Using the x-rite Colorchecker Digital SG card.

Mack

Mu-43 All-Pro
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Jan 14, 2018
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This I've learned shooting the x-rite Colorchecker Digital SG card.

I followed what this website guy did by putting his SG card into a three-sided box covered with black Tee-shirts: Making color profiles with Colorchecker cards. Seems the glare off the semi-gloss colors of the Colorchecker Digital SG card can be problematic if one does not take care in minimizing reflections and glare. Seems more problematic than the Colorchecker Passport which has a matte color set of patches.

So I came up with a three-fold display board (36"x48") from the local Office Depot for $7.99 which is plain cardboard with a black finish on one side. I folded it in half and cut halfway up on the folds so the lower folded part would become the bottom. I also found a small black wooden artist easel for $12 at Micheal's Art Supply to hold the Colorchecker Digital SG card parallel to the sensor.

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Luckily, I cut the cellophane that the SG card comes packed in on the side with the slot that opens into the envelope holding the card. The cellophane, left on the carton, can act as a mirror so you can look at it through the camera's viewfinder and see if you can minimize any reflections behind you or from the sides that might influence to SG card. Some use a plain mirror, but the cellophane wrapper worked for me.

I had to put up a black curtain as I could see a bright reflection on the cellophane wrapper from the bright building behind me. Some old black fabric I hung over a lightstand and horizontal pole. I could shoot through the middle of the fabric, but I found I could put the cameras slightly over the top of the curtain and the cellophane remained dark with no reflections. The guy in the above link put his jacket on the tripod legs to block the light behind him - or so I think.

I had five cameras to check. Same 12-100mm Pro f/4 lens on the Olympus. All set at f/16 in sunlight and default ISO of either 100 or 200 depending on Nikon or Olympus respectively. I ran manual exposures from 1/30 up to 1/400 by 1/3 stop speeds. I set the WB Kelvin at 5,200K on all cameras as I read 5,201.1 Kelvin on the Argyll PRO Color Meter app on my Samsung S10+ phone attached to an i1 PhotoPro 2 spectrometer head plugged into the phone. Phone has enough power to run the spectrometer via the USB-C port in the phone. App works really well for color too! The Argyll app told me at ~11:30AM the sun was at 5,201.1 Kelvin (Screenshot below circled in green.) so I ran all the cameras at that time with all set manually to CWB=5,200K (Yeah, I was 1.1 Kelvin degrees off. Bummer! Maybe 5 minutes earlier.).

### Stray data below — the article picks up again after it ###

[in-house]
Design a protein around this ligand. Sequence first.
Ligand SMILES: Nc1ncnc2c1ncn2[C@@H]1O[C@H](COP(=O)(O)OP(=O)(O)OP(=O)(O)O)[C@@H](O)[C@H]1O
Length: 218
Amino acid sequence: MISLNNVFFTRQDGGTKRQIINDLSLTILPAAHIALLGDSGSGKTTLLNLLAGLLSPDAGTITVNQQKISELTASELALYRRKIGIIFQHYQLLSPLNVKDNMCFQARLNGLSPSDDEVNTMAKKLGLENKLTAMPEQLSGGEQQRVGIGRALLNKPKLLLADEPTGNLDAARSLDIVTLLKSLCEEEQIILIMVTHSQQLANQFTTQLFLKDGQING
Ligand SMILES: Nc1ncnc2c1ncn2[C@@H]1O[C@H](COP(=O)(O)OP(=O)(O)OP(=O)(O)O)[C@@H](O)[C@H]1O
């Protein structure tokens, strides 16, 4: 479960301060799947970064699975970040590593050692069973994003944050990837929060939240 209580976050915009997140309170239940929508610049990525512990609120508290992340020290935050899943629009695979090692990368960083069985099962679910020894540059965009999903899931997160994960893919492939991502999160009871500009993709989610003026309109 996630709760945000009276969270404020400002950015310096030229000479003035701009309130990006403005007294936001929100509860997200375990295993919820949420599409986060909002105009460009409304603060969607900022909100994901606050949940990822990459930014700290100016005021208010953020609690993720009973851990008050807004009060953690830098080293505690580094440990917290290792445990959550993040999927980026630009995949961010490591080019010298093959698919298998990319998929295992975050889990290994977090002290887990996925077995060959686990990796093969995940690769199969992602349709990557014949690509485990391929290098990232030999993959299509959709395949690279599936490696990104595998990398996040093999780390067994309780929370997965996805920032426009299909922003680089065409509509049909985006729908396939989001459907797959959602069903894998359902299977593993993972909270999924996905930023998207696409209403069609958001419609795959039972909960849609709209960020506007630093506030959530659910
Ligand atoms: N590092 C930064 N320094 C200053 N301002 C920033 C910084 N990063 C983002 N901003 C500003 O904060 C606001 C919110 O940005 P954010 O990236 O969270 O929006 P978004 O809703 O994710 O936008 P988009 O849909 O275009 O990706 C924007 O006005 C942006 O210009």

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Once shot, I culled the five cameras RAW exposure shots using FastRAW Viewer looking for where the histogram bottoms out around the +3 EV axis which is the best/optimum exposure. Doubled checked on the white square for a RGB of ~243 with Olympus Workspace and its pointer.


Now for the setup's results:
Best part was once I checked the white square in the four corners of the SG card, they are all a perfect RGB=243 in each corner and not one point off with the E1 Mark II and the 12-100mm Pro lens set on f/16 at ~40mm. The Pen-F came in at exactly RGB=241 in each corner reading too reading it in Olympus Workspace. Not bad at all, and zero glare or reflection on the SG card given the above setup. Oddly, the E-M1X was +/-3 points off from the E-M1 Mark II which was spot on. Don't know why the E-M1X differed slightly (e.g. RGB=239, 240, 237) verses the E-M1 Mark II and Pen-F, but I can live with that small difference. Surprised to see the white RGB to be that good, and maybe due to the (expensive) Digital SG card having tighter tolerances than the Colorchecker Passport? Dunno.

Now another day to finalize the DCP profiles with Lumariver Profile Designer Repro edition. I'll make two profiles for the Olympus camera trio I have: One for a shadow boost (i.e. Black point compensation off.) so the Olympus blacks don't get crushed, and a second for the stock OEM setup (i.e. Black point compensation on.) since the Lumariver software allows for that sort of color profile tuning.
 
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